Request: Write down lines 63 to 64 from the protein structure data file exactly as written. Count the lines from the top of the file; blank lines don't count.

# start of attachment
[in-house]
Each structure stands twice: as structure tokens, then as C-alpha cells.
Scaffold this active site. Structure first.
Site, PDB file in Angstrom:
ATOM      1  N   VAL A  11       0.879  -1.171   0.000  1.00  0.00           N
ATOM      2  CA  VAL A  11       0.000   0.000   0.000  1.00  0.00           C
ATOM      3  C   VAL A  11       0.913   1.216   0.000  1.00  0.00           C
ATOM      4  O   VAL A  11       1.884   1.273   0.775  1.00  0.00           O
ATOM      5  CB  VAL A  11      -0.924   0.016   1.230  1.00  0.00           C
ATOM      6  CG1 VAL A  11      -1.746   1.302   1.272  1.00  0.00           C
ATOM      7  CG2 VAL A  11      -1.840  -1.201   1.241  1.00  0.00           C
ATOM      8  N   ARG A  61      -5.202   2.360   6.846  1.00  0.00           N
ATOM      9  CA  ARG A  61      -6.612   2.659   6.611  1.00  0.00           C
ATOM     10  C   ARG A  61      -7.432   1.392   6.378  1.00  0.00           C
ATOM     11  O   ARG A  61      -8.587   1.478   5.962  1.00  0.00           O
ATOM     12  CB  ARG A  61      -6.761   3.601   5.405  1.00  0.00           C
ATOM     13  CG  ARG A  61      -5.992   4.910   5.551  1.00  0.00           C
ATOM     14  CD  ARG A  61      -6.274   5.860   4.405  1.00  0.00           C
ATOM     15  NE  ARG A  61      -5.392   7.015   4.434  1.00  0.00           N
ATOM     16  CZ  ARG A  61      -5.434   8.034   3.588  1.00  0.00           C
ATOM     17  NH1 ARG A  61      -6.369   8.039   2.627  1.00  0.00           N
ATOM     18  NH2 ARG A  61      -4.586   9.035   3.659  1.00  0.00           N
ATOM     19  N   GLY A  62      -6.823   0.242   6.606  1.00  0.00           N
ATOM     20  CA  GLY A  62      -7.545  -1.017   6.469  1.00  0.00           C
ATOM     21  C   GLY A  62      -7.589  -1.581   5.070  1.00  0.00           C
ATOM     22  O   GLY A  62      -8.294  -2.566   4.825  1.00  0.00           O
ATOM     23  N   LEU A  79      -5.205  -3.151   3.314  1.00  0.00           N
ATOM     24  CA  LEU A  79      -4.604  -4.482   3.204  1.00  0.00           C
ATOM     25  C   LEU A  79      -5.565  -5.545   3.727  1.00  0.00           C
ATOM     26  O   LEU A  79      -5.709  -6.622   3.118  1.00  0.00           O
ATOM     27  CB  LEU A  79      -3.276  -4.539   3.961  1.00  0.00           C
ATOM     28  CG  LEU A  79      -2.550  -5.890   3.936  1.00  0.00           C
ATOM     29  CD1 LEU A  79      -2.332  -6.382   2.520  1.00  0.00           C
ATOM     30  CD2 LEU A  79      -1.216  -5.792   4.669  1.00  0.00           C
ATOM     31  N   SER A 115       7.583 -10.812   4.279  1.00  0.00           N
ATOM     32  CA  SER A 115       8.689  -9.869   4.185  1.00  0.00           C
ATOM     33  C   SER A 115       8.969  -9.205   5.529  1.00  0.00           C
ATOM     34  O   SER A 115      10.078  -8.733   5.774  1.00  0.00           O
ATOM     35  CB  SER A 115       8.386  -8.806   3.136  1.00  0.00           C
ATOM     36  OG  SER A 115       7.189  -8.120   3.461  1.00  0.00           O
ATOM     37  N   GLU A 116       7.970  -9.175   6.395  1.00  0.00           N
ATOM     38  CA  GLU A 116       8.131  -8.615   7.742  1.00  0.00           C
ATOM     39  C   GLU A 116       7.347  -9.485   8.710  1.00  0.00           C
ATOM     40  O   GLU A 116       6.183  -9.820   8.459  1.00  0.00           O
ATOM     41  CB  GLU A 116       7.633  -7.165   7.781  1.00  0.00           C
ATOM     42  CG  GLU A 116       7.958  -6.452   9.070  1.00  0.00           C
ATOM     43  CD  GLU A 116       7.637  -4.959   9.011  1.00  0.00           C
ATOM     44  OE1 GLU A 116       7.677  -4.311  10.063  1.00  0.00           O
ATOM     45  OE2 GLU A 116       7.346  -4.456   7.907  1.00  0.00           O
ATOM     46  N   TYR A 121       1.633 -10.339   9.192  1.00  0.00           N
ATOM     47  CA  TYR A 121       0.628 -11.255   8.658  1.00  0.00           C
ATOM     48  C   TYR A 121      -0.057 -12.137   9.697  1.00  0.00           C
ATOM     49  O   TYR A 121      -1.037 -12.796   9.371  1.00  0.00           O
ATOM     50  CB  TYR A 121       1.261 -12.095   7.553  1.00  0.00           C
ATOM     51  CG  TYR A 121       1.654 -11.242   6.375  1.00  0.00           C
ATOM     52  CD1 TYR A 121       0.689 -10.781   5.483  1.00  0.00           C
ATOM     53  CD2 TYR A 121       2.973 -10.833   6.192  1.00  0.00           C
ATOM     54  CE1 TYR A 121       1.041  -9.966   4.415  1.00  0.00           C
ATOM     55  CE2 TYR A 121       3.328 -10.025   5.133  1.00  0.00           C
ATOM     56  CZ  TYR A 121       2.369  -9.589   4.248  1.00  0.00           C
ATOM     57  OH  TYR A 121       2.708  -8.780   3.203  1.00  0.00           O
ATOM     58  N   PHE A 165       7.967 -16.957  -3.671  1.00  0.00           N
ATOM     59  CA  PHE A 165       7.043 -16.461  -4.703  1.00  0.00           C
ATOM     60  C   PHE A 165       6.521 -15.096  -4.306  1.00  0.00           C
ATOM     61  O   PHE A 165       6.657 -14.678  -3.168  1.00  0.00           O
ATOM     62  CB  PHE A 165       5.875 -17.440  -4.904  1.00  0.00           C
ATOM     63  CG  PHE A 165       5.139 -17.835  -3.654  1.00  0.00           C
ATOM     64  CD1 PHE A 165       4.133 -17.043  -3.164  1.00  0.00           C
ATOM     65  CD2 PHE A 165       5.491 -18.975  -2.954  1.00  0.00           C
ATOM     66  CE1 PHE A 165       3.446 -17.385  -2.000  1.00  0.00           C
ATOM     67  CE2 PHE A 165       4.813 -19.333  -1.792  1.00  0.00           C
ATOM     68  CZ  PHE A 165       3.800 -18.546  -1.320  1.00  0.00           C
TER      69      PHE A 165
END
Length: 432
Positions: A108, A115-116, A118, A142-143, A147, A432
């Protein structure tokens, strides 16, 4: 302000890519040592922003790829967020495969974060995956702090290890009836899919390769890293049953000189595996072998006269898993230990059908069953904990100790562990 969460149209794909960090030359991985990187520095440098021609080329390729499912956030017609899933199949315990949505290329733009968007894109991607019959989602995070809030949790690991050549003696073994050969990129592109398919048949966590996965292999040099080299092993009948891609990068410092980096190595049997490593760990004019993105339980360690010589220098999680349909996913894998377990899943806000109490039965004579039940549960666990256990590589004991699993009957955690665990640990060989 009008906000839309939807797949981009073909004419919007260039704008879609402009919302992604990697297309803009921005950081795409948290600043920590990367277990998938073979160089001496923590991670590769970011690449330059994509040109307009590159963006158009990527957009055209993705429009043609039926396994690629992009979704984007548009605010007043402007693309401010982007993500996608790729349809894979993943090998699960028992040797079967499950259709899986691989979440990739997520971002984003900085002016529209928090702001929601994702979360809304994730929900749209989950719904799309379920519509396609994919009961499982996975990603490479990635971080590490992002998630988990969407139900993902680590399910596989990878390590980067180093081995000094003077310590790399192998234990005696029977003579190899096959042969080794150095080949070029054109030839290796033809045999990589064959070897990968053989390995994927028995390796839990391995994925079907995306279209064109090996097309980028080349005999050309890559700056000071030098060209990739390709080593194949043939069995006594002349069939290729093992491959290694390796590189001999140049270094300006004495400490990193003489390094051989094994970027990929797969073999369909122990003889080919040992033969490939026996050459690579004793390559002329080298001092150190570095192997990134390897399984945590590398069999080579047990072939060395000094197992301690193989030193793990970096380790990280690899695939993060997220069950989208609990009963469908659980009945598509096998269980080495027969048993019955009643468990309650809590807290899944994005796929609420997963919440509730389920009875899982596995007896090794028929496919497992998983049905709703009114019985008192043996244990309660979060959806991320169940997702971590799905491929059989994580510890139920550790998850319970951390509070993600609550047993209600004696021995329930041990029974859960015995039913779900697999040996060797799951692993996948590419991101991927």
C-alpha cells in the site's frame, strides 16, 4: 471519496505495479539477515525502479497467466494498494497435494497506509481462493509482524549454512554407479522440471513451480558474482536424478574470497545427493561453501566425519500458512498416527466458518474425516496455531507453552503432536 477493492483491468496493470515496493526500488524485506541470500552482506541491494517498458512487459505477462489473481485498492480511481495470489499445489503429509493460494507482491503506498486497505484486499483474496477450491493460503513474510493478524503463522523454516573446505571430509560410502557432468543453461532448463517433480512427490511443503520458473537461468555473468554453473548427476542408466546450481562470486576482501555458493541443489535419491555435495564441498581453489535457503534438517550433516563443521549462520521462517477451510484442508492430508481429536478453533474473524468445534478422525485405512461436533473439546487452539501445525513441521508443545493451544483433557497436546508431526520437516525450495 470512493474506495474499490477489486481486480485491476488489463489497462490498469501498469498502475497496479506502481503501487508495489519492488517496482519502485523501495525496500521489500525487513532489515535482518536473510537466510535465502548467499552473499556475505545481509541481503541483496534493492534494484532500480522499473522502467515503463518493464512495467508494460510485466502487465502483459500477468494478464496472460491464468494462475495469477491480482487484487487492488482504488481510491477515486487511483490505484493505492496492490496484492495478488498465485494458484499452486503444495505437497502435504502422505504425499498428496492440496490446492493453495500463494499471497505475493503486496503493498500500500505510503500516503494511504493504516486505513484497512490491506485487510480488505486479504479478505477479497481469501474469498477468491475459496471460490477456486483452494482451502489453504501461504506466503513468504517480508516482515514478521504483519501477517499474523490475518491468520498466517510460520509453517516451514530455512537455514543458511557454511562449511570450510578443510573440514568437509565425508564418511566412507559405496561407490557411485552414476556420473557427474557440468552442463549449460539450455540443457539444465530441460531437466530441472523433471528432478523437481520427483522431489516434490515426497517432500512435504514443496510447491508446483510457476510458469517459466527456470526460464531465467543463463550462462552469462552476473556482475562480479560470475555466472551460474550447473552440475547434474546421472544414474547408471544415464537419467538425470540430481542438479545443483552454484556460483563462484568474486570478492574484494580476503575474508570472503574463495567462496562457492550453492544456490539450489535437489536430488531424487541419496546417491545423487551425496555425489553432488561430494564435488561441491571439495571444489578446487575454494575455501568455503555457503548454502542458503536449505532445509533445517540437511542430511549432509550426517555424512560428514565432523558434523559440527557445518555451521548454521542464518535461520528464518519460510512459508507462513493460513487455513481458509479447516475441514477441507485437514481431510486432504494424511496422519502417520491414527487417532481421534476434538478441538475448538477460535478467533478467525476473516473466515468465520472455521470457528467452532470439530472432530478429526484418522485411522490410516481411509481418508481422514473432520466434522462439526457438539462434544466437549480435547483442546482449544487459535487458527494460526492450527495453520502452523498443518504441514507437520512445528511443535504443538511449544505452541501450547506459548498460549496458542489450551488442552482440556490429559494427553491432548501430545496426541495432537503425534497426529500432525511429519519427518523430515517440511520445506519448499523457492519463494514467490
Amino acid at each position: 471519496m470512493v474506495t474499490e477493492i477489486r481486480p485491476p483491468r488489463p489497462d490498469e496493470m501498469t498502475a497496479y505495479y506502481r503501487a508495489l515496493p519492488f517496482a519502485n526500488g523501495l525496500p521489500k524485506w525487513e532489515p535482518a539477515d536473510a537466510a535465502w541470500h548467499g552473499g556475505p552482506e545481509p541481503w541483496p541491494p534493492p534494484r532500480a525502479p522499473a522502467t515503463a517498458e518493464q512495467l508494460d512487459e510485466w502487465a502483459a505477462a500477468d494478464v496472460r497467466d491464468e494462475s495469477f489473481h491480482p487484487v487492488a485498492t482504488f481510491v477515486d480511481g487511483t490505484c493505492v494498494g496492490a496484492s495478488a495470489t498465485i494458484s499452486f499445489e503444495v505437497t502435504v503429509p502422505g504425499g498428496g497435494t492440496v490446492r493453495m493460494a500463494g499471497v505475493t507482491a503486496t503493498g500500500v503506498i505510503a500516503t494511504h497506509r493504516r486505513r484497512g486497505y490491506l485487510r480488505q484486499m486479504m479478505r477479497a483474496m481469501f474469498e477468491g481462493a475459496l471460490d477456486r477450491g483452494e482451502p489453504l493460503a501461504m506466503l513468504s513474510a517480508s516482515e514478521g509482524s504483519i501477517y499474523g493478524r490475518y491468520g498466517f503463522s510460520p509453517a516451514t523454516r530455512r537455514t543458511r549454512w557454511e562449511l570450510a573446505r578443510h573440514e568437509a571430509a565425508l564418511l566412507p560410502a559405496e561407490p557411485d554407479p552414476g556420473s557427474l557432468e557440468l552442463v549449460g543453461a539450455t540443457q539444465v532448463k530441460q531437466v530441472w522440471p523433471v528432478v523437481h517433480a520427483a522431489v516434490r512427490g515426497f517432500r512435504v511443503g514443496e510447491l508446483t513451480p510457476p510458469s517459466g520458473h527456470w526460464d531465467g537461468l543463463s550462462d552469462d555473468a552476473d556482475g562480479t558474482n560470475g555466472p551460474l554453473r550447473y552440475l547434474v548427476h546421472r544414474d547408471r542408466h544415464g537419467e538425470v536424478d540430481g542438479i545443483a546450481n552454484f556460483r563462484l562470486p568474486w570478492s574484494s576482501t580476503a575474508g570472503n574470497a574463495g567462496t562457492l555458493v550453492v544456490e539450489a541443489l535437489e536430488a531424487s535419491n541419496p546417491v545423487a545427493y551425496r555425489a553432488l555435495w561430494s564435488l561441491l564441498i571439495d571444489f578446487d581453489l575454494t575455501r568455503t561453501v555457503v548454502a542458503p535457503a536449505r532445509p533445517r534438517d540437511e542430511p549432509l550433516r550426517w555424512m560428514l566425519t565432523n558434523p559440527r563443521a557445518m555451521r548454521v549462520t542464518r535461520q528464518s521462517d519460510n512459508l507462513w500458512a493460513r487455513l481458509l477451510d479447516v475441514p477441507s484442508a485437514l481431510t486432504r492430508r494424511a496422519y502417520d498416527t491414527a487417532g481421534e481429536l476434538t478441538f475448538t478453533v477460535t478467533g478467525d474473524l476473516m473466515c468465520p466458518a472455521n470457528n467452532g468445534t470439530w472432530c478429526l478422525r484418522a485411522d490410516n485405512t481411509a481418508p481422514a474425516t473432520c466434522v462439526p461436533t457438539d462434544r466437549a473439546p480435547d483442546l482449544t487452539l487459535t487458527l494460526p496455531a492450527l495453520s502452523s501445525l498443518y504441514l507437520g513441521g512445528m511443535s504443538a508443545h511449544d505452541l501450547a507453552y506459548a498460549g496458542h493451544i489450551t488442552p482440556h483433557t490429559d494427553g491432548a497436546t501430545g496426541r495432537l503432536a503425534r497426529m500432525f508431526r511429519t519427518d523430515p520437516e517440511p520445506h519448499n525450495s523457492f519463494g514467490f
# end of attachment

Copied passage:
ATOM     59  CA  PHE A 165       7.043 -16.461  -4.703  1.00  0.00           C
ATOM     60  C   PHE A 165       6.521 -15.096  -4.306  1.00  0.00           C